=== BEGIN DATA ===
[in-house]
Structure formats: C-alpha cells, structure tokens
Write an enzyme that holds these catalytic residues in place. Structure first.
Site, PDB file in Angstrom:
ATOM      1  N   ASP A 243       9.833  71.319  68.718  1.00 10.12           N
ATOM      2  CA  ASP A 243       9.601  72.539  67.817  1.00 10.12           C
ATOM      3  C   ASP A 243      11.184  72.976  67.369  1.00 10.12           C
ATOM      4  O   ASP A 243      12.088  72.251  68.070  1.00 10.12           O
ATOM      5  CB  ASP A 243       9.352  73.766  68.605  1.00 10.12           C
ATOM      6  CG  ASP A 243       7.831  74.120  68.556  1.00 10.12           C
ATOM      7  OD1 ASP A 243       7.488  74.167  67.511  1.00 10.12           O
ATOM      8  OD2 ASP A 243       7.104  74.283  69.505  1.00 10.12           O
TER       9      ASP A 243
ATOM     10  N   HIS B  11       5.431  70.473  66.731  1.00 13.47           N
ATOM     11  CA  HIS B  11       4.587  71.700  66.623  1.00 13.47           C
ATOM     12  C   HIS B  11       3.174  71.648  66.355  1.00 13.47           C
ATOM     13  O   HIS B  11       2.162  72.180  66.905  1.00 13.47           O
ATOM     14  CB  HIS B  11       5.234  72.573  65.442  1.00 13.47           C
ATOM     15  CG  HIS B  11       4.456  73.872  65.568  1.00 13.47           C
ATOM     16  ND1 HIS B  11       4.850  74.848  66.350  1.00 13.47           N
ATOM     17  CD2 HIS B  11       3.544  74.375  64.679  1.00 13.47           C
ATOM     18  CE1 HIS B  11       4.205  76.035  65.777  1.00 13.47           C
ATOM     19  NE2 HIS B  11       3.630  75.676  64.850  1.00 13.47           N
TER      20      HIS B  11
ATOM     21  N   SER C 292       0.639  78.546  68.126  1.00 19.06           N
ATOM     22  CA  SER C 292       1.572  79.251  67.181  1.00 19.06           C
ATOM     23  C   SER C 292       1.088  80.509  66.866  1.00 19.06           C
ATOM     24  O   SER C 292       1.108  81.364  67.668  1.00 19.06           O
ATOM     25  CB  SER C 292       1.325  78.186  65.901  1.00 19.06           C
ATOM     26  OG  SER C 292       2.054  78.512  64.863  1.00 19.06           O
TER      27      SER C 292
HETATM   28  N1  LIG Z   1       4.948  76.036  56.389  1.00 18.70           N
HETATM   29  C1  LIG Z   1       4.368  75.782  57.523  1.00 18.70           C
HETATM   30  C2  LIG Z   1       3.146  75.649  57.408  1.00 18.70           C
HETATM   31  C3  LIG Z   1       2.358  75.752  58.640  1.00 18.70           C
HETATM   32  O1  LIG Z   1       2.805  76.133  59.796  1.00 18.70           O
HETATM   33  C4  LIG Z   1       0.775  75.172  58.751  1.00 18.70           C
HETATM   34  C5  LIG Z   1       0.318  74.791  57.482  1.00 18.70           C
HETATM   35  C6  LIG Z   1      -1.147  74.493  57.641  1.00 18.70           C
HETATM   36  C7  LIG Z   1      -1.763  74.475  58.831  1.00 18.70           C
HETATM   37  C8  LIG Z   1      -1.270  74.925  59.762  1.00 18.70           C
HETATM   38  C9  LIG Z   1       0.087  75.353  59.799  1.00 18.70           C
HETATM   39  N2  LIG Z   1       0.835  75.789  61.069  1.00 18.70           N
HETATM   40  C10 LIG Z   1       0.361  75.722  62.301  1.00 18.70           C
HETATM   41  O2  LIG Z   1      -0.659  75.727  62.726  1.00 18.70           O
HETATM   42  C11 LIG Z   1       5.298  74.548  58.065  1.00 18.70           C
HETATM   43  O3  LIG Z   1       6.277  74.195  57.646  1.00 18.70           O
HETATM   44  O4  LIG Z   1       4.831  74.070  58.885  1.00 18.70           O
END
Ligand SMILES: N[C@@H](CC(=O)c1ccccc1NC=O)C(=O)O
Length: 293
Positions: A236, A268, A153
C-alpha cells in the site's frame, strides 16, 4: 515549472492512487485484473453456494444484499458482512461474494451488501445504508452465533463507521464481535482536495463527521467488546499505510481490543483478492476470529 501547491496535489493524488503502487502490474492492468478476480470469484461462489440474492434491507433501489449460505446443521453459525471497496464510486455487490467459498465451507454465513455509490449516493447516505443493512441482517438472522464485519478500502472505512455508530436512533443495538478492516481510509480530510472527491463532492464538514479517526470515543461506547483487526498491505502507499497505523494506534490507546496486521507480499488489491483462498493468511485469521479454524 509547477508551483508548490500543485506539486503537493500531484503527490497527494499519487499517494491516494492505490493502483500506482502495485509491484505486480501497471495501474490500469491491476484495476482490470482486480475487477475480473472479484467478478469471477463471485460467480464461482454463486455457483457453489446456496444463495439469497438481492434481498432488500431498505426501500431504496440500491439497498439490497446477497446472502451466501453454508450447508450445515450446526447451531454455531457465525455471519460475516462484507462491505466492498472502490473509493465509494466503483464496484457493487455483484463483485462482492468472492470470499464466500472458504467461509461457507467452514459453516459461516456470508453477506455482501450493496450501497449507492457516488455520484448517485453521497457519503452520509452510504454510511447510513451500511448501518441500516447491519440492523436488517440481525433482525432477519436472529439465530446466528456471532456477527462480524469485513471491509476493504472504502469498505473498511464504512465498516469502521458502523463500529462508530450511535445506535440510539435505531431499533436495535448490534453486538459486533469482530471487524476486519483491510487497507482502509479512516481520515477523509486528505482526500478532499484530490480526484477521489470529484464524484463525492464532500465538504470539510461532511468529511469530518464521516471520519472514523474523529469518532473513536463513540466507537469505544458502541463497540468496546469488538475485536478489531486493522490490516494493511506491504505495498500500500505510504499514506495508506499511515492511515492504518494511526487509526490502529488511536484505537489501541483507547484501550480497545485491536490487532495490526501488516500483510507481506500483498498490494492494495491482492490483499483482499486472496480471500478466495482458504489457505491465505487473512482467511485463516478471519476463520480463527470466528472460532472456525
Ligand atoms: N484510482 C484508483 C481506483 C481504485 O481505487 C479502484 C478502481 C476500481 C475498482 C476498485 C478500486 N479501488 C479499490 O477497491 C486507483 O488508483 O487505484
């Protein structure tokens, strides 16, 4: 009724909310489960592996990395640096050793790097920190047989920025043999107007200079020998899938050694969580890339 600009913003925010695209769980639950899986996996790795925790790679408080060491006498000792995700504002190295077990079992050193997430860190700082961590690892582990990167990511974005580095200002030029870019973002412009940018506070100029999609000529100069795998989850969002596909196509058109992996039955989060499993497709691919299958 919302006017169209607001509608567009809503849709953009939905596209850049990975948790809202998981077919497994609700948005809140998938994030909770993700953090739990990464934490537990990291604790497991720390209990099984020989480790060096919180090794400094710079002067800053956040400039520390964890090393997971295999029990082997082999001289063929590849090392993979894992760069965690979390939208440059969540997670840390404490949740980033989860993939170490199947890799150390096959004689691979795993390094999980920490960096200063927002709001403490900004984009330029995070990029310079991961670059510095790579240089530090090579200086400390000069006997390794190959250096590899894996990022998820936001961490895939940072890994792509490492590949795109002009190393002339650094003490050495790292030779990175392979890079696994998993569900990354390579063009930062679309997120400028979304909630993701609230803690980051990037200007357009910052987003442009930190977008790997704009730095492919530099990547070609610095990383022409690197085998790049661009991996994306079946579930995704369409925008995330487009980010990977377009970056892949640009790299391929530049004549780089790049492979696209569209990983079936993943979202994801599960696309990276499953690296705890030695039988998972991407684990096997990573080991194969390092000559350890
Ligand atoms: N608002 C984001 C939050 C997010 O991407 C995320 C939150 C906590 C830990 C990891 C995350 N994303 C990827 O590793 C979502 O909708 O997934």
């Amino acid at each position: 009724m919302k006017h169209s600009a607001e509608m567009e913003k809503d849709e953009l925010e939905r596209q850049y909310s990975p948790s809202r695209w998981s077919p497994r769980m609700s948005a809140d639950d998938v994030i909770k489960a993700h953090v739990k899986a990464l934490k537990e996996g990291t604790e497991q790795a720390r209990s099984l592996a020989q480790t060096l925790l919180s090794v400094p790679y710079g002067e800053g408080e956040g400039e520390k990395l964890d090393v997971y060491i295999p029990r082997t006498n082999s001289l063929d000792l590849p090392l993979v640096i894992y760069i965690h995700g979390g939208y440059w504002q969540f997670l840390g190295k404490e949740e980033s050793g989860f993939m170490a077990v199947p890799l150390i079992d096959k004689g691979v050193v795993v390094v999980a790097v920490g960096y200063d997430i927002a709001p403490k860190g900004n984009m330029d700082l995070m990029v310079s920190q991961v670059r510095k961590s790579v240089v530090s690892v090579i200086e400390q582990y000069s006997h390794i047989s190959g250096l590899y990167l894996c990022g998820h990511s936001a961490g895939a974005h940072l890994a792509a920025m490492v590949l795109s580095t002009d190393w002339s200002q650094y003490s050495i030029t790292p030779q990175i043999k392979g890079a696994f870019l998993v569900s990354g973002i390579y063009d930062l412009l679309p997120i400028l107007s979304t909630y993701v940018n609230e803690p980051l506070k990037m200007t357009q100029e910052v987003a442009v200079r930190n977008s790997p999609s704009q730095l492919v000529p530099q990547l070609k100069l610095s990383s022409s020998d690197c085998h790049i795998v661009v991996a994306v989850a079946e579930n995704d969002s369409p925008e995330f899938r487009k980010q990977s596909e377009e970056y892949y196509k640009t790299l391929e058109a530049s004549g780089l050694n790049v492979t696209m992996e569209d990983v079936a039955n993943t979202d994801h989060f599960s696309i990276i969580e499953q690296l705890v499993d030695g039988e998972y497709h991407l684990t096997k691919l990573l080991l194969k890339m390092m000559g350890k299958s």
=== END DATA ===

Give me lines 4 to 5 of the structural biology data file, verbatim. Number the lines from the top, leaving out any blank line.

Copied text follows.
Site, PDB file in Angstrom:
ATOM      1  N   ASP A 243       9.833  71.319  68.718  1.00 10.12           N